Friday, February 17, 2006

Selective memory

Retired economics professor Michael A. Stoller wrote in this morning's News & Record,

Personally, having spent the last 40 years of my life around academics, I am inclined to believe that the overwhelming majority of academic social scientists are liberals because decades of reading, researching teaching, debating, and studying their disciplines for 60 hours a week or more on average has led them to the conclusion that liberal arguments make a lot more sense than conservative arguments in explaining real-world politics and economics.
Well, yes -- one would certainly hope that they hold those opinions as a result of serious thought and study rather than on a mere whim, although it's not clear to me why the opinions of scholars who are sheltered within academia's comfortable confines should be more perspicuous than those of business people and politicians who actually run the economy and the state.

But onward. He continues,
In support of my position, I would cite the facts that we have done far better economically (i.e., the '60s and '90s), diplomatically, educationally, and yes, even militarily (unless you consider Iraq a success and Panama, Granada and Desert Storm to be equivalent to World Wars I and II) under liberal administrations.
Coming from an economics professor, this just seems bizarre to me.

What about the huge economic expansion in the '50s under Eisenhower? What about the fact that Kennedy jump-started the economy by cutting marginal tax rates? What about stagflation, malaise, and the "misery index" under the economically liberal presidents Nixon and Carter in the '70s, who pursued the Keynsian economics prescribed by academic economists? What about the fact that the drastically lowered marginal tax rates started under Reagan (top rates were cut from the 70% range to the 30s) have been altered only a little by his Democratic and Republican successors becuase they were obviously so successful? What about the fact that stagflation was tamed by adopting the monetary policies of the conservative Milton Friedman, who was a laughingstock among liberal academic economists -- until the successful implementation of his ideas proved that the liberal academics were wrong?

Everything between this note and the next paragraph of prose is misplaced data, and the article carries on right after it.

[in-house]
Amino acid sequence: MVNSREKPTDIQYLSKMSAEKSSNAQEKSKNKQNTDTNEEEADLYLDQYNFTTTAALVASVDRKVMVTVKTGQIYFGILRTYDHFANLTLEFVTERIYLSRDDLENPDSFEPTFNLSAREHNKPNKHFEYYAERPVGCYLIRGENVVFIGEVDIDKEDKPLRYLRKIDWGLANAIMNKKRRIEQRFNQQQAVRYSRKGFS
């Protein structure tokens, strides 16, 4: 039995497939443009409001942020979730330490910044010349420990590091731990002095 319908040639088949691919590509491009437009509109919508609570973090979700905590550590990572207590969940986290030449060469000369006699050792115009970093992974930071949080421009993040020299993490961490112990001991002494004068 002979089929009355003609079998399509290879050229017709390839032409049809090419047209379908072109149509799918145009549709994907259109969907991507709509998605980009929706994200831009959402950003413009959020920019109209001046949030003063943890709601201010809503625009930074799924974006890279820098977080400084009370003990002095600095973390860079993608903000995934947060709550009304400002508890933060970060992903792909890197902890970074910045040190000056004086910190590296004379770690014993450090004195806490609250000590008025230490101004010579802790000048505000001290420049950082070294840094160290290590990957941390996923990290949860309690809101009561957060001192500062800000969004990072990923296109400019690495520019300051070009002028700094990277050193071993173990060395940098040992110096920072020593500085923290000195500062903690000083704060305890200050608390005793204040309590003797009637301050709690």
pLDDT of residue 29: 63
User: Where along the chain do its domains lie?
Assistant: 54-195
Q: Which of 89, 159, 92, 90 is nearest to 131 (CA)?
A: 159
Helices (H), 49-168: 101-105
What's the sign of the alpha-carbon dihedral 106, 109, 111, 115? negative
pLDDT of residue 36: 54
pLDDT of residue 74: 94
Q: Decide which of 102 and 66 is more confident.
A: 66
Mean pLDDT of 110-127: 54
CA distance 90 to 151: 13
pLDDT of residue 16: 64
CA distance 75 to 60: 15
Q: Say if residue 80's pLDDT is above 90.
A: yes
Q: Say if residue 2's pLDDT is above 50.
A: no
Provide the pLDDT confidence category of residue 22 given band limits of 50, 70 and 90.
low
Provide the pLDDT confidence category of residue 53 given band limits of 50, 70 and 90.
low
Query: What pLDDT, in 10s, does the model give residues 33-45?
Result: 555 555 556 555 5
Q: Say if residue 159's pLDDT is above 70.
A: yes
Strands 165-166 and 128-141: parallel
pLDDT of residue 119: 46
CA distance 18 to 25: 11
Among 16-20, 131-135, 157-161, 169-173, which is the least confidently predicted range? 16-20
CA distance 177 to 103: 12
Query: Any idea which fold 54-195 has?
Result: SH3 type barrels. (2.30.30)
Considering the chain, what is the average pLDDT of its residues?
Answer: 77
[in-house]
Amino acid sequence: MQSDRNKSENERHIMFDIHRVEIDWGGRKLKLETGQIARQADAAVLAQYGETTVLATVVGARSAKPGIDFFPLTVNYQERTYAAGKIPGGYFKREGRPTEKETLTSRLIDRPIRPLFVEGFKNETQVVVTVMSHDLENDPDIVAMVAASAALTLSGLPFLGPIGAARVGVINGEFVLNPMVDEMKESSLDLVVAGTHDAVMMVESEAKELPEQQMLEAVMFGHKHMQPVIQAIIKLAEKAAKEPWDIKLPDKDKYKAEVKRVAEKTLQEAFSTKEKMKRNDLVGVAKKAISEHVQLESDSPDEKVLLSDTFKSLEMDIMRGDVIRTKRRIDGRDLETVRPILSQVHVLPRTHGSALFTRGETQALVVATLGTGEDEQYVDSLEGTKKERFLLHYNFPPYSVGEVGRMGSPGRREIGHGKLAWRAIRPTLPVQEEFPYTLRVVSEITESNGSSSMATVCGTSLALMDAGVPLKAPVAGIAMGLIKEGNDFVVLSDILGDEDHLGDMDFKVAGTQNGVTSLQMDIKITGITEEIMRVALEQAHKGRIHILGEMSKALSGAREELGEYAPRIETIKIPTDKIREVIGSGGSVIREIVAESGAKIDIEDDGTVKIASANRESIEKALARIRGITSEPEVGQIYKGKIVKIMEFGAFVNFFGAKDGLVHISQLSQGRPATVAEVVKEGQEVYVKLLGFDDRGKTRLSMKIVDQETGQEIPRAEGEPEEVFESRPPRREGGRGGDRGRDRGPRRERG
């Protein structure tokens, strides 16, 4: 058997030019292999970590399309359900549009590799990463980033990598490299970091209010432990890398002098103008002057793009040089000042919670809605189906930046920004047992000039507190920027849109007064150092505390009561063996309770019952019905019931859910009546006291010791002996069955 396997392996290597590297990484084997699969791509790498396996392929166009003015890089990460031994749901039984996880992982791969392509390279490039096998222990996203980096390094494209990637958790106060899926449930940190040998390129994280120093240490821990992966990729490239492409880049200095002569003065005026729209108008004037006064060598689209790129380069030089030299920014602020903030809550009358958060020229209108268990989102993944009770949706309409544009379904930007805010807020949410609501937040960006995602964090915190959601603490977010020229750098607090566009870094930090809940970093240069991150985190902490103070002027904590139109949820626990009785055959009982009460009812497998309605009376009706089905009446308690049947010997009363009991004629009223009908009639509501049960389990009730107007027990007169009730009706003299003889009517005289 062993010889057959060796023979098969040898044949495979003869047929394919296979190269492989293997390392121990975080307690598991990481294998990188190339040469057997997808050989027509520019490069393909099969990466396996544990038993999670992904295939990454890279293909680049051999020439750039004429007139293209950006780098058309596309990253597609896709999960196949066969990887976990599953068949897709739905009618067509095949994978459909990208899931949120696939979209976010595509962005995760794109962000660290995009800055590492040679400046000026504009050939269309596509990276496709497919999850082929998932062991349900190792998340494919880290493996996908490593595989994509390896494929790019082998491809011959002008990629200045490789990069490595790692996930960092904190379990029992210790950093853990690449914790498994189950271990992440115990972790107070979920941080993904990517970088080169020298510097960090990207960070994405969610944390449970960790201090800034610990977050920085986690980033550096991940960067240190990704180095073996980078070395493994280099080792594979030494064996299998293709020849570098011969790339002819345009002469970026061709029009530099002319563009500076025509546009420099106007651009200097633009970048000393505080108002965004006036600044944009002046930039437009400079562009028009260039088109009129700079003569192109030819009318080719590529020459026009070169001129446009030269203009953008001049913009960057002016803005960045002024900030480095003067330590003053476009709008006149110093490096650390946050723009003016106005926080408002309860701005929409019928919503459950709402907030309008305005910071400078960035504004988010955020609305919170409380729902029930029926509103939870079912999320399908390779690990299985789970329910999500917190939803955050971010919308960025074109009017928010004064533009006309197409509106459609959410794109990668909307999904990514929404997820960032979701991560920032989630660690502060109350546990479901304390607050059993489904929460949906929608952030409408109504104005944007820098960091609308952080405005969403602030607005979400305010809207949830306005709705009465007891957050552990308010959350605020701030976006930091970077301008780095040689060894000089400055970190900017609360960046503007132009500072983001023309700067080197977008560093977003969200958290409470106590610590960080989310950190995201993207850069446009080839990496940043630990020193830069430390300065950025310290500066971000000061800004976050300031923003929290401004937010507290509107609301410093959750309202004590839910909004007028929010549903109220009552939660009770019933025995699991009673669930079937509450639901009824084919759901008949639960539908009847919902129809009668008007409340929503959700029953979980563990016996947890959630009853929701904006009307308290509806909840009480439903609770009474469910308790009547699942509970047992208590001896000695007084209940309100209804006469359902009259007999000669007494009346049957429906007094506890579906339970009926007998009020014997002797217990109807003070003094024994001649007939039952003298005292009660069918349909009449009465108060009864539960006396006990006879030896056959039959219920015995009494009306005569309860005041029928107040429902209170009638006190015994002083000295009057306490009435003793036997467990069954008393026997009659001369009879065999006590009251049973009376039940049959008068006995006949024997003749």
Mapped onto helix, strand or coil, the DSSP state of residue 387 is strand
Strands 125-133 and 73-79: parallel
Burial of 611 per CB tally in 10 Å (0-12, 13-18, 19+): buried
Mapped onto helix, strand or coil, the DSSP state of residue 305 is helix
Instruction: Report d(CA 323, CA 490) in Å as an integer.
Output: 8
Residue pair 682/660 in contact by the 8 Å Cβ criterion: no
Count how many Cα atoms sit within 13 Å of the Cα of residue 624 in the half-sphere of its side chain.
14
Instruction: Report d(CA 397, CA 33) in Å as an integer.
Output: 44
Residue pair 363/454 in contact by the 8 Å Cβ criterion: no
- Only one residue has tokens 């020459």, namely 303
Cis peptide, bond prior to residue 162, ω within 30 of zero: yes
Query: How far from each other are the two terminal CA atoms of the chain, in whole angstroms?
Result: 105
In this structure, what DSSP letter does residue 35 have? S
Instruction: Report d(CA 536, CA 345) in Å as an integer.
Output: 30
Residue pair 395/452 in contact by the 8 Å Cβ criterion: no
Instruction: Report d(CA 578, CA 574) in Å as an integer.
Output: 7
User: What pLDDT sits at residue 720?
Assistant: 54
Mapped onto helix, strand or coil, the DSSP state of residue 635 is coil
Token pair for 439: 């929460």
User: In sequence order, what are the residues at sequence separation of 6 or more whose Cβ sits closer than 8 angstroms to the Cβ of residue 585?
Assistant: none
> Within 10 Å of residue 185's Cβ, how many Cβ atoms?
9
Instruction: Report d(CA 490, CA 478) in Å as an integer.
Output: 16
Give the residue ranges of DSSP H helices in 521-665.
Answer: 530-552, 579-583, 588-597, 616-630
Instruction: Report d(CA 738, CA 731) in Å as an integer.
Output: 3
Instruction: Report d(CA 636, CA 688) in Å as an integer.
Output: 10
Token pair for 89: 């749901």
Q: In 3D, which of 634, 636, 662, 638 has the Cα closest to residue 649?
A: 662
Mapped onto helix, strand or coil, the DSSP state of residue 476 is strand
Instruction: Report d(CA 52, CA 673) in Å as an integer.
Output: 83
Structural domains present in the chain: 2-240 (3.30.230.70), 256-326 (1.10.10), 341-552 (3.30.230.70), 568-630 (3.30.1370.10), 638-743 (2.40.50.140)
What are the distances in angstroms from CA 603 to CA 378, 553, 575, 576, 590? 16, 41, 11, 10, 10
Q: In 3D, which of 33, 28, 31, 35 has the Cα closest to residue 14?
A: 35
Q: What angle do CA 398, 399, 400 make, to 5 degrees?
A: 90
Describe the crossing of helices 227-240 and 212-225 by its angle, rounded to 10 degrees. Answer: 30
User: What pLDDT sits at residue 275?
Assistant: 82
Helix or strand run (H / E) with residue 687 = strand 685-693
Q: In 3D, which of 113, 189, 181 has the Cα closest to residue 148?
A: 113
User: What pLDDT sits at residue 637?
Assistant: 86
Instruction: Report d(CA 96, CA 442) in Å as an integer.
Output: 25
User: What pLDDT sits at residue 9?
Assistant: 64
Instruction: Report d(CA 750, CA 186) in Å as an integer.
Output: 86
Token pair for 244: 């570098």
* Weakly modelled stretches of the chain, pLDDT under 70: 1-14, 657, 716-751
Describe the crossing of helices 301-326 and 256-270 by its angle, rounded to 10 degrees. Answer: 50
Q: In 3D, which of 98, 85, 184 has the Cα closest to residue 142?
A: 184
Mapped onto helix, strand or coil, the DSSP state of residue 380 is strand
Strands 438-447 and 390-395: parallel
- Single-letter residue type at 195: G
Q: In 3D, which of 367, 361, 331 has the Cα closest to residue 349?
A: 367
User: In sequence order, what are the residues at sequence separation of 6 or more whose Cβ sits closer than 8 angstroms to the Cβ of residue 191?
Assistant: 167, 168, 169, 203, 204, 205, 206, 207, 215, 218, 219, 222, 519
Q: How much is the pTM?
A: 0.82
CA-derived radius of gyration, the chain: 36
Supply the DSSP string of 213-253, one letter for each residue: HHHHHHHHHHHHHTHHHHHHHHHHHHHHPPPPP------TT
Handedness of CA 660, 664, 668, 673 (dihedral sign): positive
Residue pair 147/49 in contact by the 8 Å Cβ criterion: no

As to social policy, Professor Stoller seems to forget that LBJ's Great Society did much less to reduce poverty than did Republican welfare reform signed by the Great Triangulator, Bill Clinton.

And military policy? Hmmm. There's a war that Prof. Stoller left out. The Vietnam war, started under Kennedy, prosecuted vigorously by Johnson, ended by Nixon: about 50,000 dead soldiers in the cause of defeat.

7 comments:

Joe Guarino said...

Awesome response, David. You can take the boy out of blogging, but...

David Boyd said...

I had a freshman sociology professor who once told a class of 40 that they'd never have to worry about capital gains taxes unless maybe they sold a house.

After I figured out what capital gains were, I felt I had learned a valuable lesson to beware of insulated professors and their potential myopia regardless (especially!) of how long they'd been at work in the social sciences.

jimcaserta said...

Why was a sociology professor talking about capital gains taxes? Stoller is merely engaging in the selective inclusion of data/evidence. Which is ok if you're writing a persuasive piece or defending a client in court, but not reporting. That is why the only arguments worth reading are when there are 2 opposing viewpoints being shared.

But, DW, what do you think of the "liberal bias" in academia? Any ideas on how to explain a lot of the data saying that there are very few conservative professors at universities?

Sam B said...

"it's not clear to me why the opinions of scholars who are sheltered within academia's comfortable confines should be more perspicuous than those of business people and politicians who actually run the economy and the state."